And as I worked, I had that Epiphany yarn over at the shop dangling as future reward for when I actually, finally finish this. I’m glad I didn’t buy any: when you don’t own it yet, it doesn’t own you yet, either: it can’t jump in line, it can’t hog the needles, it can’t thwart my intentions to persevere with the squinty laceweight, it just has to wait its turn. Anticipation is a happy thing–and great incentive is too.
And the new shawl design is very very good. I am very very pleased. That long timeout, along with an hour and a half of not being quite pleased with it but not putting it down, helped me see it all with a new eye.Â Getting it exactly right was so worth the wait.
Thank you, everybody. I talked to Dharma Trading Co, purveyor of all things dyeing, and they cautioned that the chemicals that would reliably get the dye out would wreck the feel of the cashmere and, they said, miss the point of such a sweater. Their advice was wash, wash, wash, gently, and hope.
O—– said they were passing the word along and would get back to me shortly. Okay. Now that I’ve had a day to chill, reading all your notes, thank you, you really helped, even just by speaking up.
The best antidote, of course, was to finally run in the four yarn ends on a project I’d blocked–yup, dry now, it’s ready–go off to Target, buy envelopes and mailing tape, and then a little later, after checking my email for details, get out to the post office. One book (yeah, that book) sold (directly, thanks) and in the mail, and one…
And (whistle) typing that sentence is when it hits me that, oh. Right.Â I forgot to photograph it. *Bad* knitblogger!
And there, in my own mailbox, was a gift of beautiful, beautiful shots of the coastline, taken by my childhood friend Scott, one of the B’s I drove to Pacific Grove to see. If I couldn’t stand in the sun admiring the surf and the fog and the steep hills rising from the water, he could and he did and he gave that tideline to me. Gorgeous. Well done, Scott, and such an antidote for petty disappointments. Such good timing!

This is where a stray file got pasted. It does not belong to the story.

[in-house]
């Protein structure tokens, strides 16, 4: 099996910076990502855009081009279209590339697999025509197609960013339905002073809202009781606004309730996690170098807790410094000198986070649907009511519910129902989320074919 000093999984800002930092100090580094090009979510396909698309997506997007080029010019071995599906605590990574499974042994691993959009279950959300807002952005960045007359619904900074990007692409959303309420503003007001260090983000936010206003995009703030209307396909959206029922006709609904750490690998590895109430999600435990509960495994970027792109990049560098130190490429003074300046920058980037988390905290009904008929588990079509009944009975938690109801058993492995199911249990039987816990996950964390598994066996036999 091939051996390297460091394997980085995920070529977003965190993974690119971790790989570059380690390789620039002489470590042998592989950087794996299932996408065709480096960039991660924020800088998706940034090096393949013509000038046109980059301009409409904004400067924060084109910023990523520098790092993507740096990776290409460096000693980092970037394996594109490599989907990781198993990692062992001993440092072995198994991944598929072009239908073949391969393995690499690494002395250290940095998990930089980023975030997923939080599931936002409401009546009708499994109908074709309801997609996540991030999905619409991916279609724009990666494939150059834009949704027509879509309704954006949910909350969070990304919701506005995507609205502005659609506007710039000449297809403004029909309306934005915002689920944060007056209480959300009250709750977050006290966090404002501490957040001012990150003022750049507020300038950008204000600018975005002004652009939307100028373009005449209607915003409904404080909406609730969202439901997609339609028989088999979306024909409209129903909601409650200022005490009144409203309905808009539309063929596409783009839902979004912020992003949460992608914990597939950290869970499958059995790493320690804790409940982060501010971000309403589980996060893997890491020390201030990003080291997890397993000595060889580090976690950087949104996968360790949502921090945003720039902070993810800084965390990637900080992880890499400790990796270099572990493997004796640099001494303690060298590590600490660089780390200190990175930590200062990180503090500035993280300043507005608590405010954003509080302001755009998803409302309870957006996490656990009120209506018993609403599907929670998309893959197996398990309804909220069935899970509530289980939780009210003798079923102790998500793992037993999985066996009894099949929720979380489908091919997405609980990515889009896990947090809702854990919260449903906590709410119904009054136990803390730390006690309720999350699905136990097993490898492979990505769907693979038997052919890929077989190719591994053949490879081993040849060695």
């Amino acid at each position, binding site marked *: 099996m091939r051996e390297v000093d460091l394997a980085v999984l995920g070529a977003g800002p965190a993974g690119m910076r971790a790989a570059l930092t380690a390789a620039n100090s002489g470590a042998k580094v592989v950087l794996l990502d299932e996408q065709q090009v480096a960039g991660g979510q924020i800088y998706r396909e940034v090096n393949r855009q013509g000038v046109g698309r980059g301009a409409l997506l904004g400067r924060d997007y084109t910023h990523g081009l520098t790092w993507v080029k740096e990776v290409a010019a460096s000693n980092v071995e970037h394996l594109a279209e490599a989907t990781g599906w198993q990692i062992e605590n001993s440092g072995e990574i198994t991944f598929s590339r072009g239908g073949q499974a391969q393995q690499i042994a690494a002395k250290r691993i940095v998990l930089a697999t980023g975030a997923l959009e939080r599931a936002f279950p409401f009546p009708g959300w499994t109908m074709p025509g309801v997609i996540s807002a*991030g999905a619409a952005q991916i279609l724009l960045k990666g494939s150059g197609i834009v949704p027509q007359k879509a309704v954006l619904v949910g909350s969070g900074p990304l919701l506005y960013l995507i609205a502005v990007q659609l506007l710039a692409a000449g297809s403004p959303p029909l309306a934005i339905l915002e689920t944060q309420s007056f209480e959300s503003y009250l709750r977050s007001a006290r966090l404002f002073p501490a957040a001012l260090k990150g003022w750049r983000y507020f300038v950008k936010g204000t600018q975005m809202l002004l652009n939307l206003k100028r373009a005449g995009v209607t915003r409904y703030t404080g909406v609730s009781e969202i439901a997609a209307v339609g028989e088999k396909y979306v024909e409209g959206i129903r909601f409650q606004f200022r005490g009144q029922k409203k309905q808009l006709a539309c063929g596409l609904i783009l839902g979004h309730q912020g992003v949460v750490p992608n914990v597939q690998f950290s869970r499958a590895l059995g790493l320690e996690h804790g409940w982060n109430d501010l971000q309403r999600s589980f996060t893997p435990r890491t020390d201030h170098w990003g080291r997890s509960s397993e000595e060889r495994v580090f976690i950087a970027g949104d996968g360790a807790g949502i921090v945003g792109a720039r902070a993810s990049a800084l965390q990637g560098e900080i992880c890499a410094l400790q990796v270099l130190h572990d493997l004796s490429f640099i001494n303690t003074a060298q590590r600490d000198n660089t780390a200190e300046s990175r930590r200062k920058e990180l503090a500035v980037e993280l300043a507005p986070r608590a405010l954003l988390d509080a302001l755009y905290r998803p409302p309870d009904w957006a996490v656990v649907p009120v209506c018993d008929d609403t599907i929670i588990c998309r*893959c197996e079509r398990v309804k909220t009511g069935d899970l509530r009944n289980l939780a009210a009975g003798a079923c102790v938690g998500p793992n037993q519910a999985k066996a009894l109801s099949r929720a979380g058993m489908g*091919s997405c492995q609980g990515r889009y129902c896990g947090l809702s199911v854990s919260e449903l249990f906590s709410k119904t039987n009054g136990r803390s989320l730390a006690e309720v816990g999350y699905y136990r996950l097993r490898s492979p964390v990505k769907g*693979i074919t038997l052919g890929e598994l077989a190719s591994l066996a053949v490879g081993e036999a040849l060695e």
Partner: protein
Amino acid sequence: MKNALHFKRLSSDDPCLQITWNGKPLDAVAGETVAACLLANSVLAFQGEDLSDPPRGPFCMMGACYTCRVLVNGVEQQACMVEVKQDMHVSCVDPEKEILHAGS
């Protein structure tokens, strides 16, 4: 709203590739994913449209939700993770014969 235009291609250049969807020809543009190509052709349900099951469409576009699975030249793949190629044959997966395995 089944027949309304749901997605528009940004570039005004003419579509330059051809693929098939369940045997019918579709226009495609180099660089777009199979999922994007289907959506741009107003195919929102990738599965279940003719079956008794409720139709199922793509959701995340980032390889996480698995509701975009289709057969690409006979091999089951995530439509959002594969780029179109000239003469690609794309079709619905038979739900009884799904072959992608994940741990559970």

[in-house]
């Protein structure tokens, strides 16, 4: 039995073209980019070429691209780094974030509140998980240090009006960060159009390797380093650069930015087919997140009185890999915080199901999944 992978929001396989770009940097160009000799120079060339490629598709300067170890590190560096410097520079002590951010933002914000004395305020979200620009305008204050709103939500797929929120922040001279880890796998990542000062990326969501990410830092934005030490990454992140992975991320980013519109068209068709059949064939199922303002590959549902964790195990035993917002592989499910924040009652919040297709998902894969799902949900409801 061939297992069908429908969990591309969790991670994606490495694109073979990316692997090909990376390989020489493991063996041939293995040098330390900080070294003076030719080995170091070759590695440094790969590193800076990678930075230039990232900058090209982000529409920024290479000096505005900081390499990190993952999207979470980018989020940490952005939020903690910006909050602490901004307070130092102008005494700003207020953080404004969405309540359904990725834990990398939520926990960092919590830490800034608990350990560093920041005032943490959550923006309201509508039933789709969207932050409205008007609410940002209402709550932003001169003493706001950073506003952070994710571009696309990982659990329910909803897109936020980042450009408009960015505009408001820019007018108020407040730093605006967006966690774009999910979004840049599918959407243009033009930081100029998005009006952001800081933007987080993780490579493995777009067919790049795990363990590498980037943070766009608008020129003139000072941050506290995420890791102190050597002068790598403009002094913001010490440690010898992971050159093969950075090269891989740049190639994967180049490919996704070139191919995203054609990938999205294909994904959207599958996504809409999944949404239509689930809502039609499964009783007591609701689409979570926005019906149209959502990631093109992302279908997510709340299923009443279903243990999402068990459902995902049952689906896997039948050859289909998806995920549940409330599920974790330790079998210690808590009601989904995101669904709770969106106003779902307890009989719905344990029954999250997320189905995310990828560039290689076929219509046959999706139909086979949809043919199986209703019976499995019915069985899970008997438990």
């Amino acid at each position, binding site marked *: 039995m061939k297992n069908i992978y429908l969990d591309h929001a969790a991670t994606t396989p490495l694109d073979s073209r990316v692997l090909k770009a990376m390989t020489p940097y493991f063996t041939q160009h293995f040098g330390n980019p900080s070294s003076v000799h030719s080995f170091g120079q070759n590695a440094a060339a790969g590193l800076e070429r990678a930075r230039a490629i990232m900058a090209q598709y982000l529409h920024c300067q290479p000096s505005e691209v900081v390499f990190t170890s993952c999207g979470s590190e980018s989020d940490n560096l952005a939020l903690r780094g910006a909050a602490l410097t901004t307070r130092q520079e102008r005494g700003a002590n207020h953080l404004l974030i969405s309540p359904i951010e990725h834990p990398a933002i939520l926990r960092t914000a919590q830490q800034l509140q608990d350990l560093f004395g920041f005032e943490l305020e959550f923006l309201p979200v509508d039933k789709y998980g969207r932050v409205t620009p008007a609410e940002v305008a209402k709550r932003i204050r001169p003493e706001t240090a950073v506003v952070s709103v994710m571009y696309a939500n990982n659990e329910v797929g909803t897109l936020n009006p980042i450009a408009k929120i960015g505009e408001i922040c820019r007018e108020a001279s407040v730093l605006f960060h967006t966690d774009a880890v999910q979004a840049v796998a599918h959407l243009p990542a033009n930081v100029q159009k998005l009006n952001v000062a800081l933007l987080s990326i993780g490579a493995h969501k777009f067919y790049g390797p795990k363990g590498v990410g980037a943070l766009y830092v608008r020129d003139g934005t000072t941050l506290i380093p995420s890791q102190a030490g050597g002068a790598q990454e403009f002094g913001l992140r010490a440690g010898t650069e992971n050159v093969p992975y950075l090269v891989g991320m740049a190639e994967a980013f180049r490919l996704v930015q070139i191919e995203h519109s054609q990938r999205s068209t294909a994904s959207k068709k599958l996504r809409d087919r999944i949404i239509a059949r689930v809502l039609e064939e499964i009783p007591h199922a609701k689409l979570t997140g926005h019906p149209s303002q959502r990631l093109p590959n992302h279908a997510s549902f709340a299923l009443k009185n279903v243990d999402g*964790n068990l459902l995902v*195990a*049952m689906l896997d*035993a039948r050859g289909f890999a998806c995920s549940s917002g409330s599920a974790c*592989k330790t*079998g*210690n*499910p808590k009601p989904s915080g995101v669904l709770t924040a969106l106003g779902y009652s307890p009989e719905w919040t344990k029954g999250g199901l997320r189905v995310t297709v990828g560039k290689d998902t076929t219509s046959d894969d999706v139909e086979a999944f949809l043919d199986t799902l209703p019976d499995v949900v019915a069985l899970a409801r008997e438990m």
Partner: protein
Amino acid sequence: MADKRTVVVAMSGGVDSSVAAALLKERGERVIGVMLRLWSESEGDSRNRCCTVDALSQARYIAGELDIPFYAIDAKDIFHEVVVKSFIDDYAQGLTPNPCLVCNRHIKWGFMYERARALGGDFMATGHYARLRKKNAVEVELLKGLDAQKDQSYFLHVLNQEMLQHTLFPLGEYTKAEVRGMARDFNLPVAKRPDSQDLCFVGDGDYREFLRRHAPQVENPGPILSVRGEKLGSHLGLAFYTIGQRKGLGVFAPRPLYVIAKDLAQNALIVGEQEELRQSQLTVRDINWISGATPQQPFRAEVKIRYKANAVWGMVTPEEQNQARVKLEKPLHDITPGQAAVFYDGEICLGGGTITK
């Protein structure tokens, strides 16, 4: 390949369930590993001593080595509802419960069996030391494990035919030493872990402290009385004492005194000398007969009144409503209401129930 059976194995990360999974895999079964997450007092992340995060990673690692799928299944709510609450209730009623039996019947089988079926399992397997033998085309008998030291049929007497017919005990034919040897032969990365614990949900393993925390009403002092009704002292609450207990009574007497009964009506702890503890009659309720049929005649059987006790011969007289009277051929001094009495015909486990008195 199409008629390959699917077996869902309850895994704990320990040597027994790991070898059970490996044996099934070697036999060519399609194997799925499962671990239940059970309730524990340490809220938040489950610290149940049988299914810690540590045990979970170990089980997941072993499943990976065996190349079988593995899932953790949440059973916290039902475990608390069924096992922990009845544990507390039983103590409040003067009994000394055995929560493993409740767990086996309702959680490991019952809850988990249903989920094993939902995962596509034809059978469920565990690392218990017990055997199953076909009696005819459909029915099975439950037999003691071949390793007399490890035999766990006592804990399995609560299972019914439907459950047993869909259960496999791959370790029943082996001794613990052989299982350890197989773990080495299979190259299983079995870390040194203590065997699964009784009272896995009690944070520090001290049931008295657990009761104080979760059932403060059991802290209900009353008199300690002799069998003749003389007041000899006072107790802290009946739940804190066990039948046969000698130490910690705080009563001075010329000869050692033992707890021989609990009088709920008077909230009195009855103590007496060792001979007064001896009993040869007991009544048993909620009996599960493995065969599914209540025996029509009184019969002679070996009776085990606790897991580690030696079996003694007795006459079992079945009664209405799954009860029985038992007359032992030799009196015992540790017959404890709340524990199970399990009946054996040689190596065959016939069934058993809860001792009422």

And in the glow of that, I went off to Purlescence tonight and they had a new line in from Cascade: royal baby alpaca, which is the finest grade you can possibly buy and hard to find, mixed with cashmere and silk. Swoon.
I told Richard that when I got home.
“So how many skeins did you buy?”
“You DIDN’T?!” He was genuinely stunned.
I couldn’t make up my mind. The deep blue or the wine-red: both colors were exactly my shades. I’ll have to come back.
Yeah, I think they’ll see me again. Happens.
Moths and rust are amateurs
Wednesday October 27th 2010, 8:56 pm
Filed under: To dye for
You know you lead a privileged life when you can worry about such things. And yet.
It’s the perfect sweater, for a machine knit: the perfect length, the perfect classic style, the perfectly-soft that is the best cashmere can be, and without being too-young too-tight, it goes in at the waist just enough rather than being a plain downward tube. It’s my very favorite store-bought and my husband loves it when I wear it.